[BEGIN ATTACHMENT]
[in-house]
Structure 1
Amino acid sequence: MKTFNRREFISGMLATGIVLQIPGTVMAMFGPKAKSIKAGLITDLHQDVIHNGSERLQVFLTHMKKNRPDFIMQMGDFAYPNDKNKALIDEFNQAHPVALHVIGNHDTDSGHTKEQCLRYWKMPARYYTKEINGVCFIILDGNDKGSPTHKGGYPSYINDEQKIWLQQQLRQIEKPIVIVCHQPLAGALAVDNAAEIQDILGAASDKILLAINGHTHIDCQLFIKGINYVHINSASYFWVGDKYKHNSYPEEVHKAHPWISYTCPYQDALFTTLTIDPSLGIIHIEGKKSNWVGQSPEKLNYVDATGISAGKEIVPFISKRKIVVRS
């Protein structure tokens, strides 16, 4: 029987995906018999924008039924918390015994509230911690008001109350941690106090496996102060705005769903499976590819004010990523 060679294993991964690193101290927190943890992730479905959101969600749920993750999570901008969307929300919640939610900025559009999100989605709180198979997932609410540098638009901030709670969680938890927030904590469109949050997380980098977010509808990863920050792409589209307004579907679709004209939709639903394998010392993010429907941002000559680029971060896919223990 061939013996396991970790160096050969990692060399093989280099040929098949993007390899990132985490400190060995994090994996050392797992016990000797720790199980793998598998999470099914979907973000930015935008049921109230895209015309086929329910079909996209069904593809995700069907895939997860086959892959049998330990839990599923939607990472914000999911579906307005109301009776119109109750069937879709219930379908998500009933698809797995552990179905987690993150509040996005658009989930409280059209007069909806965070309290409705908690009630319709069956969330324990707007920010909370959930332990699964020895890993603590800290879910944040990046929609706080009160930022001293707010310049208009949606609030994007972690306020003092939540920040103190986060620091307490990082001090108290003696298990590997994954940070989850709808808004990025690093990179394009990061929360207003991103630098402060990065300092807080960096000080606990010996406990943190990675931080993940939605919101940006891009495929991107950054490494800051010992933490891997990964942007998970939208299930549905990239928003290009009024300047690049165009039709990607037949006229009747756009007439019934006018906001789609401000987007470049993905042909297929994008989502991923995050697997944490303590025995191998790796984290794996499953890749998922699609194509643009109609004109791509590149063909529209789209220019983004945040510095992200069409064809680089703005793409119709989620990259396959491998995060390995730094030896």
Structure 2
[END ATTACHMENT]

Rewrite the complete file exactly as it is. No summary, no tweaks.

[in-house]
Structure 1
Amino acid sequence: MKTFNRREFISGMLATGIVLQIPGTVMAMFGPKAKSIKAGLITDLHQDVIHNGSERLQVFLTHMKKNRPDFIMQMGDFAYPNDKNKALIDEFNQAHPVALHVIGNHDTDSGHTKEQCLRYWKMPARYYTKEINGVCFIILDGNDKGSPTHKGGYPSYINDEQKIWLQQQLRQIEKPIVIVCHQPLAGALAVDNAAEIQDILGAASDKILLAINGHTHIDCQLFIKGINYVHINSASYFWVGDKYKHNSYPEEVHKAHPWISYTCPYQDALFTTLTIDPSLGIIHIEGKKSNWVGQSPEKLNYVDATGISAGKEIVPFISKRKIVVRS
């Protein structure tokens, strides 16, 4: 029987995906018999924008039924918390015994509230911690008001109350941690106090496996102060705005769903499976590819004010990523 060679294993991964690193101290927190943890992730479905959101969600749920993750999570901008969307929300919640939610900025559009999100989605709180198979997932609410540098638009901030709670969680938890927030904590469109949050997380980098977010509808990863920050792409589209307004579907679709004209939709639903394998010392993010429907941002000559680029971060896919223990 061939013996396991970790160096050969990692060399093989280099040929098949993007390899990132985490400190060995994090994996050392797992016990000797720790199980793998598998999470099914979907973000930015935008049921109230895209015309086929329910079909996209069904593809995700069907895939997860086959892959049998330990839990599923939607990472914000999911579906307005109301009776119109109750069937879709219930379908998500009933698809797995552990179905987690993150509040996005658009989930409280059209007069909806965070309290409705908690009630319709069956969330324990707007920010909370959930332990699964020895890993603590800290879910944040990046929609706080009160930022001293707010310049208009949606609030994007972690306020003092939540920040103190986060620091307490990082001090108290003696298990590997994954940070989850709808808004990025690093990179394009990061929360207003991103630098402060990065300092807080960096000080606990010996406990943190990675931080993940939605919101940006891009495929991107950054490494800051010992933490891997990964942007998970939208299930549905990239928003290009009024300047690049165009039709990607037949006229009747756009007439019934006018906001789609401000987007470049993905042909297929994008989502991923995050697997944490303590025995191998790796984290794996499953890749998922699609194509643009109609004109791509590149063909529209789209220019983004945040510095992200069409064809680089703005793409119709989620990259396959491998995060390995730094030896």
Structure 2